Red-eared Nose-spotted Monkey   MONKEY
Red-eared Nose-spotted Monkey
Red-eared Nose-spotted Monkey
Scientific Name:
Cercopithecus erythrotis
Other Names and/or Listed subspecies:
Red-eared Guenon, Red-eared Monkey, Russet-eared Guenon
Status/Date Listed as Endangered:
EN-US FWS: October 19, 1976
VU-IUCN: 2008
Area(s) Where Listed As Endangered:
Cameroon, Fernando Po, Nigeria

The red-eared nosed-spotted monkey is found on Bioko Island and between the Cross and Sanaga rivers. Although it is the most common monkey on the island of Bioko, it is still one of the rarest monkeys of Africa. Adults are gray in color with a brown back and shoulders. Their tails and ears are red, and their underparts are white. The face is purplish blue, with white cheek fur that stretches from the nose to both sides of the face. There are also black strips that appear above and below the cheeks.

The habit requirements of this species is lowland and montane rainforest. Red-eared nose-spotted monkeys are very quiet in the forest, except when their soft trill-like contact call is heard. Little is known about their ecology and behavior. They are often found in groups of 4 to 35 consisting of females and their young and one male. Other species of guenon (such as the putty-nosed guenon) are often welcomed into the group for help with detecting potential danger. They are active only in the day and prefer to spend most of it in the trees. Diet consists of insects, shoots, leaves, and fruits, and while foraging, they are able to store food in pouches found in their cheeks. Females give birth to only one young.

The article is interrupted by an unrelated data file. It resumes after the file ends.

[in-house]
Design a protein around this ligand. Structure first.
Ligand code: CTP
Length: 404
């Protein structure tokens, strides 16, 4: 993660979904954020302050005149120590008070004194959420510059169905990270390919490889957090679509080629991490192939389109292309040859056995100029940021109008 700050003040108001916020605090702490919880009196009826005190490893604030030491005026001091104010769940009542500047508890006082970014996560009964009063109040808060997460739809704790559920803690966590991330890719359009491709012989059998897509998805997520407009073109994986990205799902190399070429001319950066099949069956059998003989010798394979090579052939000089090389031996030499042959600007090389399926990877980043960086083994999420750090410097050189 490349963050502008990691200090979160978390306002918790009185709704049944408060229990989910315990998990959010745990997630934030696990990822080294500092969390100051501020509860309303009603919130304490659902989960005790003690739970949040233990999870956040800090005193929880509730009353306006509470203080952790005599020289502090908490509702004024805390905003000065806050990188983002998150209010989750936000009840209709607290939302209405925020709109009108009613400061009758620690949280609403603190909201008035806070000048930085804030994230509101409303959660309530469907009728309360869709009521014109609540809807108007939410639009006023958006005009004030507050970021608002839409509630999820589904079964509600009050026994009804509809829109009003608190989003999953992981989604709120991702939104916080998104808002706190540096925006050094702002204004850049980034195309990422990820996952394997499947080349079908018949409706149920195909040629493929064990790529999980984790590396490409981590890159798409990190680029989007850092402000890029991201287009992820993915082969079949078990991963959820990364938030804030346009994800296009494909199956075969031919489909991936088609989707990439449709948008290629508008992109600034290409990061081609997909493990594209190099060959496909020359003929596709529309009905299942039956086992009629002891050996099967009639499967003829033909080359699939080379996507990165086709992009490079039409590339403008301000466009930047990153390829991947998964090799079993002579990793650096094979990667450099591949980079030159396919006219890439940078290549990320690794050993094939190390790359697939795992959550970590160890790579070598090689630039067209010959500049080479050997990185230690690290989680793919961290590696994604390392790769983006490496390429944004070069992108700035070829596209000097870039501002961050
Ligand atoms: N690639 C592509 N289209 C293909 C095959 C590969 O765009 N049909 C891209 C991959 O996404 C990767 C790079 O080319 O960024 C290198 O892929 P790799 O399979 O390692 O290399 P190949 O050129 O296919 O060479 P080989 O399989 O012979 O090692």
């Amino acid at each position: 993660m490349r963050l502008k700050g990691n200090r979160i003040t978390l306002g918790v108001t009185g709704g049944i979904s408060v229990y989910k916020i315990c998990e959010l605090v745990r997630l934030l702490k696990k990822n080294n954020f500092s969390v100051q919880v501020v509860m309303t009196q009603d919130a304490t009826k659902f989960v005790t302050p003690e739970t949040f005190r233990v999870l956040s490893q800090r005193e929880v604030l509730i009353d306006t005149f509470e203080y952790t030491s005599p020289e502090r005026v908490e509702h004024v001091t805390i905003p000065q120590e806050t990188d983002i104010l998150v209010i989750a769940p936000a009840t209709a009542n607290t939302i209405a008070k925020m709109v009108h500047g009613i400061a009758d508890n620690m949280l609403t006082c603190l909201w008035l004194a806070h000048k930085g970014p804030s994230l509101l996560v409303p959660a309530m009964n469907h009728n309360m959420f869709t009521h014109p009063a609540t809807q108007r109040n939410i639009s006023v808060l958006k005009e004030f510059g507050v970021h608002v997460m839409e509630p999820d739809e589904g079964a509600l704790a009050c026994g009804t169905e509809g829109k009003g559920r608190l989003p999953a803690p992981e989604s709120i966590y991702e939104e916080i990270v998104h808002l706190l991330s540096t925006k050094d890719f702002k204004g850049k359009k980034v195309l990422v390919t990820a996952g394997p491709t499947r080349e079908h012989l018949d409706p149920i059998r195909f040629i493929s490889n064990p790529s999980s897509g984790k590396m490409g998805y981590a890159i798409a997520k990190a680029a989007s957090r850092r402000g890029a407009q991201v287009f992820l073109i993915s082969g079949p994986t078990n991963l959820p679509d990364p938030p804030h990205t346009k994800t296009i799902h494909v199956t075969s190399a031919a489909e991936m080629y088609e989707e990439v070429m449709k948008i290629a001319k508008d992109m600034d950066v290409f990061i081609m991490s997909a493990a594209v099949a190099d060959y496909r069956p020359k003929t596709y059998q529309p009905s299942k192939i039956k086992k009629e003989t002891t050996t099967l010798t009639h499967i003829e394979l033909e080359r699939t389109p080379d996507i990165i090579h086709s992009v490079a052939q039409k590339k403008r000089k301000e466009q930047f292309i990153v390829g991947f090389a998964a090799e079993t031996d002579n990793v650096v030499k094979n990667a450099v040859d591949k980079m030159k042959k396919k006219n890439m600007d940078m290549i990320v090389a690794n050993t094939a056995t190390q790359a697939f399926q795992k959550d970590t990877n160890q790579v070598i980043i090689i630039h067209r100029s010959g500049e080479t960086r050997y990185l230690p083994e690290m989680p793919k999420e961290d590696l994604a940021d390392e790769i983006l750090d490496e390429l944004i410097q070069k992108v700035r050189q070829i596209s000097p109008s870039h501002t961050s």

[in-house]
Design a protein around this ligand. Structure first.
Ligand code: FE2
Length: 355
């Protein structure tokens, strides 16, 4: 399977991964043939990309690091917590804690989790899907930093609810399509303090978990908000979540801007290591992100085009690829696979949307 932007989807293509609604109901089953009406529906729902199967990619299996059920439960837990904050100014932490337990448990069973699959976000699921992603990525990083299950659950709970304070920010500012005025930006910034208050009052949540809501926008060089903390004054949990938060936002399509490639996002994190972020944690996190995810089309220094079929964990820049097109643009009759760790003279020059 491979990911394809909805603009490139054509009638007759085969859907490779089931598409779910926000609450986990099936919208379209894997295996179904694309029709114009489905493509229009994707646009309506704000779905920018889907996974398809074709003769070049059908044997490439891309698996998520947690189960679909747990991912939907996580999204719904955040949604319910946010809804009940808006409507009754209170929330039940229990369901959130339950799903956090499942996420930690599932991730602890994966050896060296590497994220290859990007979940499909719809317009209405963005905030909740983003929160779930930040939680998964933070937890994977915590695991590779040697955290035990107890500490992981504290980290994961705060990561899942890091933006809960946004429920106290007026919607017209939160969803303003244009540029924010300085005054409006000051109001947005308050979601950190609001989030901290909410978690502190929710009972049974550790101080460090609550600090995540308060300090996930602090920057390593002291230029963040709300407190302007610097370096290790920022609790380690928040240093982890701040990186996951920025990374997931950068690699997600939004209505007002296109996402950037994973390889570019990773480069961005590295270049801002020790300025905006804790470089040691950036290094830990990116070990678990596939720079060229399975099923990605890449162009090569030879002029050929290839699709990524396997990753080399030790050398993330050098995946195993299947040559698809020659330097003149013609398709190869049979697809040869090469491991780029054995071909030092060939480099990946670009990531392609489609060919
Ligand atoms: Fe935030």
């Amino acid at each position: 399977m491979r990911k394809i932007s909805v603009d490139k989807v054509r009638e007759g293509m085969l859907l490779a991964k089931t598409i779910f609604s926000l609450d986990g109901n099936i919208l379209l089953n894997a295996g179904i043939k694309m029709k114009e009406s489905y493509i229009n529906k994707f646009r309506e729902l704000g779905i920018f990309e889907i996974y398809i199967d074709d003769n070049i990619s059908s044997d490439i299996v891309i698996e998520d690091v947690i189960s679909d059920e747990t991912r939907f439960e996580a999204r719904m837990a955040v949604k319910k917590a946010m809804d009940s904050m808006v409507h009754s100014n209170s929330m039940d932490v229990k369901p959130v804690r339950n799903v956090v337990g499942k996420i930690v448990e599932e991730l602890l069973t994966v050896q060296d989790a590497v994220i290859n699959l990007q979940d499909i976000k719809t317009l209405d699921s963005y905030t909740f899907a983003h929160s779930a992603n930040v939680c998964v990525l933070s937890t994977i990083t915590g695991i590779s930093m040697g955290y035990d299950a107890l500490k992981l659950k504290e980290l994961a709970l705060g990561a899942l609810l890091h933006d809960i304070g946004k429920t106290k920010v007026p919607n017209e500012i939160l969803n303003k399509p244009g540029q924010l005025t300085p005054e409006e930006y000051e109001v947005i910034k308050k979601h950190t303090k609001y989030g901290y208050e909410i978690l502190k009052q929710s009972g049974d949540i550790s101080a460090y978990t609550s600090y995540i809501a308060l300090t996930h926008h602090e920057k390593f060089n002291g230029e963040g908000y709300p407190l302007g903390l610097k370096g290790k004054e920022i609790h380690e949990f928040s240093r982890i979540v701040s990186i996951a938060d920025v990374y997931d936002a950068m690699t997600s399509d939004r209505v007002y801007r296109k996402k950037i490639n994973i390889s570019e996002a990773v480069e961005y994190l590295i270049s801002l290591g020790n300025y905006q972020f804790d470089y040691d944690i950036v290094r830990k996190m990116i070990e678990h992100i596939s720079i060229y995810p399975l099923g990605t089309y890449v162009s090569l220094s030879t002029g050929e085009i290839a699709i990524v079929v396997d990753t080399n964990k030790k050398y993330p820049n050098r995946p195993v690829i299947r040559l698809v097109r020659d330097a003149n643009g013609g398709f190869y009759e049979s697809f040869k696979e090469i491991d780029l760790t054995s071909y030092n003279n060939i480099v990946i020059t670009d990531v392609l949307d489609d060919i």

The population of this species has declined because of loss of habitat, hunting for its meat, and live capture for the pet trade. Although Nigerian law now prohibits hunting and trading, the practice still continues due to lack of infrastructure and awareness.

Wikipedia Article

This article is only an excerpt. If it appears incomplete or if you wish to see article references, visit the rest of its contents here.
Wikipedia Article
Copyright Notice: This article is licensed under the GNU Free Documentation License. It uses material from the Wikipedia article "Red-eared guenon".

Featured Article

Eight Species Declared Extinct But May Still be Out There
1. Tasmanian Tiger
The Tasmanian tiger is endemic to Australia. Although this species is called tiger (named for its stripes) and wolf (due to its canid-like appearance), it is not a member of the cat or wolf family. It is a member of the marsupial family. Other members of this family include kangaroos and koala bears.

The last known Tasmanian tiger died in a zoo in Hobart, Tasmania in 1936, but there have been hundreds of unconfirmed sightings, and a reserve has been set up in Southwestern Tasmania in the hopes that possible surviving individuals can have adequate habitat.



Endangered Species of Our Planet

Donate, Adopt, Get Involved

EEC Conservation Directory

Mailing List

Would you like to receive a notice and link when the new Creature Feature is posted?

Enter your e-mail address below:


Fun & Games

Are you inspired by endangered animals? Check out our games and coloring pages! More to come soon.
color endangered creatures
play hangman